Tuesday, January 22, 2013

Abusing the Three.js clone method

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Last night I was able to get two Three.js renderers displaying on the same screen. The approach was highly manual—recreating the objects, cameras and positions from the first scene in the second. Tonight, I hope to automate some of that.

I am still working on the animating the phases of the Moon—both from above the Solar System and from the Earth:

When I first tackled simultaneous rendering of multiple cameras, I found that the clone() method was not working well for me. Now that I no longer have multiple things going wrong, I look a little closer at clone(). First off, it is not a public method so I probably should not be using it. It is defined in Object3D, but does not appear in the documentation. Secondly, the API is a bit weird (unsurprising in that it is only meant for internal use).

By default, clone() creates Object3D objects, not new instances of whatever is being cloned. This gets position an similar items, so it presumably is used for cloning size, orientation, and position of things, but not much else. In other words, it is of little use to me in this case. Just to be clear, this is a private method so I have no cause to complain.

Anyhow, to verify that I have an approximate grasp on what is going on here, I clone the light from the main scene into the overlay scene. Instead of relying on the vanilla clone() which is going to return an Object3D instead of the desired DirectionalLight, I supply clone() with an argument—an instance of DirectionalLight:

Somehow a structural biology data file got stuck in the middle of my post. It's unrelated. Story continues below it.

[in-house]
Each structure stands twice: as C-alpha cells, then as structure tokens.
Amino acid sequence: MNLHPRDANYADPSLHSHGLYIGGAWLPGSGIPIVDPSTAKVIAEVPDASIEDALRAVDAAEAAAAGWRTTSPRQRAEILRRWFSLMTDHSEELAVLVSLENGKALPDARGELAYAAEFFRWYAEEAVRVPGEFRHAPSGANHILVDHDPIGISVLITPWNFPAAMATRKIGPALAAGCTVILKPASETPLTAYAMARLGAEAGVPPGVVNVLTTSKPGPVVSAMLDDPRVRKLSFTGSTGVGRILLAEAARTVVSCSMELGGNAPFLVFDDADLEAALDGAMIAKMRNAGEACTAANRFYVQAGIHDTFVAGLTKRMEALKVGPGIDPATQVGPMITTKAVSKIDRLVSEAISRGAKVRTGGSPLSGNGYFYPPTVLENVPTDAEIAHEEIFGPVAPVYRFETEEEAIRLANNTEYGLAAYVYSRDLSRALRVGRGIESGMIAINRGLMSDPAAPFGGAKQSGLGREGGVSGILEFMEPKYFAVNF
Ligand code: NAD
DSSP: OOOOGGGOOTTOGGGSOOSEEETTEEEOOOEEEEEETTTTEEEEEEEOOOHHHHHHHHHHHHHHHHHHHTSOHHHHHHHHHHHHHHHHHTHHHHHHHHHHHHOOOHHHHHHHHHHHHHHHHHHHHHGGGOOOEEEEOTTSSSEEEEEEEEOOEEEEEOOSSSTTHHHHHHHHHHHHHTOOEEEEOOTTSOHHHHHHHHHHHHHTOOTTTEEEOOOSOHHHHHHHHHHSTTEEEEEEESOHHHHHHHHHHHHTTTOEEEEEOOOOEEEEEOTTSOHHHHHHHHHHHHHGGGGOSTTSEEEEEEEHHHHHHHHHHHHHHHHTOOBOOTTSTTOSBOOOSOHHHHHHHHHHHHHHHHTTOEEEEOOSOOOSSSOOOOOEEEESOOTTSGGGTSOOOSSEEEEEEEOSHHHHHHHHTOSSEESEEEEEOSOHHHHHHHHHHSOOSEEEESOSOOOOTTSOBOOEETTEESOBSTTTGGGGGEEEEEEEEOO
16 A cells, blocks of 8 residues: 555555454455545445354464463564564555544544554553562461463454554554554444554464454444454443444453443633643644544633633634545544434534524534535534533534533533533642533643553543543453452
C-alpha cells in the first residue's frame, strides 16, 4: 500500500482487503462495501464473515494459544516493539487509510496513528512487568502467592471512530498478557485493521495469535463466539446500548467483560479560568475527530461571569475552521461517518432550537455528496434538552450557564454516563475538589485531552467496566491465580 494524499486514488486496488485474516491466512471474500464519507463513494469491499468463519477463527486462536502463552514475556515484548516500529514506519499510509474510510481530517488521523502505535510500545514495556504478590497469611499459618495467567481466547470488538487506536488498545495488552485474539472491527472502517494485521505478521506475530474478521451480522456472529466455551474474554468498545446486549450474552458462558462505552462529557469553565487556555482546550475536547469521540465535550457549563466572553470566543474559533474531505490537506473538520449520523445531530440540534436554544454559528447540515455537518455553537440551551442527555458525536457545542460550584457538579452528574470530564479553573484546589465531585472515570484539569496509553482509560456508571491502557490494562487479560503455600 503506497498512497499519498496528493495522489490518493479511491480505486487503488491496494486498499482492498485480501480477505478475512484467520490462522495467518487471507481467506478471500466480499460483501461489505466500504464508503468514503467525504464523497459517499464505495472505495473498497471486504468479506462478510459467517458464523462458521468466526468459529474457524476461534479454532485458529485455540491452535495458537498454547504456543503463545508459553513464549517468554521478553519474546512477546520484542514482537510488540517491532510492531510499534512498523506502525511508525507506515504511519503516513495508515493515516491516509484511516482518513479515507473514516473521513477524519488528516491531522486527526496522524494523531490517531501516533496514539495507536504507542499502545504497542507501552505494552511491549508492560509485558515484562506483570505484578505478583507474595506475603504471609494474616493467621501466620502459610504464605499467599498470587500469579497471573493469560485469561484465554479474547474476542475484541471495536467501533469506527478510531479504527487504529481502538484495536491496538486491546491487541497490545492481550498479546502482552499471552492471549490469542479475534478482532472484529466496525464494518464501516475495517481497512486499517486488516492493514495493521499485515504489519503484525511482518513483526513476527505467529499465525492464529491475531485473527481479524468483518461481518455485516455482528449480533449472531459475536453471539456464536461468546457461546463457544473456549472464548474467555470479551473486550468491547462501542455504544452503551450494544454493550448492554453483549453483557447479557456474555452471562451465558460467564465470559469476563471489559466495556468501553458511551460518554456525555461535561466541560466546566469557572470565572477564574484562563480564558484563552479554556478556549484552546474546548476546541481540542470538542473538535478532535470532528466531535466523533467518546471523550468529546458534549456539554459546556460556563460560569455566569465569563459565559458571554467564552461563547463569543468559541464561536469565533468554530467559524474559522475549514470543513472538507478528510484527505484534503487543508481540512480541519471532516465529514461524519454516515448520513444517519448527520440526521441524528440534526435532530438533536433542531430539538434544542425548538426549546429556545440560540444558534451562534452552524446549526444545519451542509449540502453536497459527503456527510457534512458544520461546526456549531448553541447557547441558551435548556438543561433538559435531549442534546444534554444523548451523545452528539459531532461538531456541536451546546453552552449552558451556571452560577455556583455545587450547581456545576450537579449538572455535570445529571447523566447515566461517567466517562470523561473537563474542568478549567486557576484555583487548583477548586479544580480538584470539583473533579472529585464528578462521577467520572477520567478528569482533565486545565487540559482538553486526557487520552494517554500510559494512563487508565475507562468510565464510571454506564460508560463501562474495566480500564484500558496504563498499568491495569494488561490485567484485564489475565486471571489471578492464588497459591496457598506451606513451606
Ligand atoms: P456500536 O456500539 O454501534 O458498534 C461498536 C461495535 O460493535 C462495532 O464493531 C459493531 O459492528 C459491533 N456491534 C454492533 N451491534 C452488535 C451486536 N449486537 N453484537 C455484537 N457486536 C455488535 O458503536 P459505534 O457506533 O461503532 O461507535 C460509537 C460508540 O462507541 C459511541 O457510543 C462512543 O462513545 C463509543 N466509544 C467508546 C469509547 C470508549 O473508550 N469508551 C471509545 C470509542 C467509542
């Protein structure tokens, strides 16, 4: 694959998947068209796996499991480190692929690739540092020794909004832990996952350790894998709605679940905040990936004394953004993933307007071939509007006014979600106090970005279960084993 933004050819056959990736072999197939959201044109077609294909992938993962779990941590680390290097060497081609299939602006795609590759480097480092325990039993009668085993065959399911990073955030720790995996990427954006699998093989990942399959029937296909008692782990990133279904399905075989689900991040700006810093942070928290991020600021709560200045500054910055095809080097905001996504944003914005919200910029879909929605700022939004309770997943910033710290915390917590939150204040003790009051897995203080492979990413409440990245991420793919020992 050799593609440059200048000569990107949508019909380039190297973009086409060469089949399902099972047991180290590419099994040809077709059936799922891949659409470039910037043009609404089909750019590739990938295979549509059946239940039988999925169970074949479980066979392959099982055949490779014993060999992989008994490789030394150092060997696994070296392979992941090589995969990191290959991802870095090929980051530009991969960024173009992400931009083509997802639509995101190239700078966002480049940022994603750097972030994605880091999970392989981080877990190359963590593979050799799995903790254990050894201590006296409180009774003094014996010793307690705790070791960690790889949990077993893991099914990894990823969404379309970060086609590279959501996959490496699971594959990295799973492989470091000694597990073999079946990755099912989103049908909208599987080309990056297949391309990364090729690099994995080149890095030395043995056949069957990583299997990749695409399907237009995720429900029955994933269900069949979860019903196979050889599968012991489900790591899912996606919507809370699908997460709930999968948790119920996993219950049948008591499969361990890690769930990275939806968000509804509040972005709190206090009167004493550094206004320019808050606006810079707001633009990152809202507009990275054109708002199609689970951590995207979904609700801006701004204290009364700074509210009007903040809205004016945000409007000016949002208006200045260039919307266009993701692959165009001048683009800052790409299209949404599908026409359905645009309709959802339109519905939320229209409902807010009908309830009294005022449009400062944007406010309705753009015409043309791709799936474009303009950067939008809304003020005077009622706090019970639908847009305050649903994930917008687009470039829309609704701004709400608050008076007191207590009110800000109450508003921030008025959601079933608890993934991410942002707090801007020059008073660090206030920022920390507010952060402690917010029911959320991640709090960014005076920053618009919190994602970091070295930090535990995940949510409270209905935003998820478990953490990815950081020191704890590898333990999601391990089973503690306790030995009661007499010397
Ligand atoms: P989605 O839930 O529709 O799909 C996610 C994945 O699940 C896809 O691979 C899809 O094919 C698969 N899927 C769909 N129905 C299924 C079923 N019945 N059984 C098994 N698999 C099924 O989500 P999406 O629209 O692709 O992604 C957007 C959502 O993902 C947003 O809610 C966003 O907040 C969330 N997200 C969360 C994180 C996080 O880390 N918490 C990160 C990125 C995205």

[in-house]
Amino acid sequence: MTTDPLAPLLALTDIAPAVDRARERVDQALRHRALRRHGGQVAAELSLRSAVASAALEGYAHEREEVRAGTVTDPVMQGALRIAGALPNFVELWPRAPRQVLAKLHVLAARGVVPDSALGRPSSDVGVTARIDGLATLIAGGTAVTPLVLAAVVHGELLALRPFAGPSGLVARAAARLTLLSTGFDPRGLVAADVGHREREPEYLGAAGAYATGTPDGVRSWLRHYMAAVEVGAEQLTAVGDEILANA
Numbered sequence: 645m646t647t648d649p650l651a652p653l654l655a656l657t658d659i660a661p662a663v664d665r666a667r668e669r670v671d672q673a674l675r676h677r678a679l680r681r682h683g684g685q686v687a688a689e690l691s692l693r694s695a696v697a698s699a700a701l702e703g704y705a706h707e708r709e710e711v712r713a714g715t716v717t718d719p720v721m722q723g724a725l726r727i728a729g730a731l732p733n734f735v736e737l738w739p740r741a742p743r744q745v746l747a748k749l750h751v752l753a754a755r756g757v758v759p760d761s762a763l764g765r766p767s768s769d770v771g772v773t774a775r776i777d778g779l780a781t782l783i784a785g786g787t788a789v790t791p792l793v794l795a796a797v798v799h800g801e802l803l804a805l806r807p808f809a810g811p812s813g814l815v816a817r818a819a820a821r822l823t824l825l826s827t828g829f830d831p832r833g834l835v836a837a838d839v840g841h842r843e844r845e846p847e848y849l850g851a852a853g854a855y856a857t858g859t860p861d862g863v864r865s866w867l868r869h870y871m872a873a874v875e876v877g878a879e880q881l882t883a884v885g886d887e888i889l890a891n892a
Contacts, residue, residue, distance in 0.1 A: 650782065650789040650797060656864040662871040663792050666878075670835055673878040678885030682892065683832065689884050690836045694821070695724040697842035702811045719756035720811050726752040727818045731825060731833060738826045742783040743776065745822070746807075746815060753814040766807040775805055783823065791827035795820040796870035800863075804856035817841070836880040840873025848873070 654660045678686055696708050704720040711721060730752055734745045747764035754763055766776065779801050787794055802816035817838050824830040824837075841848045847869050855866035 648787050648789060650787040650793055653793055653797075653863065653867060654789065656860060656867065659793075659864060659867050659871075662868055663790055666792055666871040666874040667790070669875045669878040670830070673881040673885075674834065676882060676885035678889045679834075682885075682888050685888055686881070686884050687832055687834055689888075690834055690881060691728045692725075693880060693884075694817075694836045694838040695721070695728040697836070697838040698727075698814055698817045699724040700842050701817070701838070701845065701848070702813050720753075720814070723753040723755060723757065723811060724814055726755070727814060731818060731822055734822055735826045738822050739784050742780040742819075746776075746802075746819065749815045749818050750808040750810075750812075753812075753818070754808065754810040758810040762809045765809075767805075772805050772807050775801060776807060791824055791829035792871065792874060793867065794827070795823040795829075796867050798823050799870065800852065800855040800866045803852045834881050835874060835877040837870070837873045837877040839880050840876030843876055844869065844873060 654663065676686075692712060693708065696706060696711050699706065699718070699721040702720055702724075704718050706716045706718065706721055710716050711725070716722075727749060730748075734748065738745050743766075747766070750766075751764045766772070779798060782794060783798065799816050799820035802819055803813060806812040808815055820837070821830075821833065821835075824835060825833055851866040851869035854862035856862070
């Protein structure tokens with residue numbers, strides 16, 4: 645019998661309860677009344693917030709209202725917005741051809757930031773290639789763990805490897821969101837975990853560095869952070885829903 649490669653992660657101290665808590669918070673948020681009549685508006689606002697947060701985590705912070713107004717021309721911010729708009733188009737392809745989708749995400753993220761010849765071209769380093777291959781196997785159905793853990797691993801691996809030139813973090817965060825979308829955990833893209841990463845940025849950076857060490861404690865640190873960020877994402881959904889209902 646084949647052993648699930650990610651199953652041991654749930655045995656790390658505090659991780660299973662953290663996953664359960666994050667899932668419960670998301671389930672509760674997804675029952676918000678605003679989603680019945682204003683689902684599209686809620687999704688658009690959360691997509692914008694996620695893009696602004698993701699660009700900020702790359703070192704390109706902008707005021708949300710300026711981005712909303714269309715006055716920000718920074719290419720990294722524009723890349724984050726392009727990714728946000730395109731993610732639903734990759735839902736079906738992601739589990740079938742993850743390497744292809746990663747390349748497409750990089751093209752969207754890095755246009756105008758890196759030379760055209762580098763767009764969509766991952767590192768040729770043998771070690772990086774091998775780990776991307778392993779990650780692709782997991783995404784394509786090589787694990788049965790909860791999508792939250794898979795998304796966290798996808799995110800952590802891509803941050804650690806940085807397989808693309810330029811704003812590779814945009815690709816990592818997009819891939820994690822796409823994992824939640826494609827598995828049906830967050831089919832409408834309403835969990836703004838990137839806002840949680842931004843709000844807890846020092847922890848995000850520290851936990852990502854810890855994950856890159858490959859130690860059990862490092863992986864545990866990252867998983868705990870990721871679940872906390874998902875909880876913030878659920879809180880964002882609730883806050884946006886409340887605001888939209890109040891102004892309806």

var directionalLight = directionalLight.clone(new THREE.DirectionalLight());
  scene2.add( directionalLight );
This does the trick, except that the colors of the Moon are not copied in this approach:

(the Moon is a dull grey instead of white)

This is to be expected since clone() only knows to copy Object3D properties.

So it seems that, if I want what I consider a clone, then I need to do a little prototype hacking:
  THREE.DirectionalLight.prototype.clone = function(){
     var copy = THREE.Object3D.prototype.clone.call(this, new THREE.DirectionalLight());
     copy.color = this.color;
     copy.intensity = this.intensity;
     return copy;
With this updated clone() in place, I now get the nice, bright Moon that I expected:

I would have to do something similar to get the planet and Moon meshes to clone. I am not sure if that is worth the effort at this point. I do not really need a general purpose solution, especially with all of the other outstanding work needed in 3D Game Programming for Kids. Still, stubborness may win out, in which case I could be back at this tomorrow.

Day #638

1 comment:

  1. I am creating a game with various enemies and I was thinking of using clone to clone a texture that I am using as a sprite map. If you use the same texture for multiple meshes and then try to shift the texture to a new sprite -- all the enemies change sprites. I was thinking cloning the texture might solve the issue and reduce texture swaps. Does that make any sense?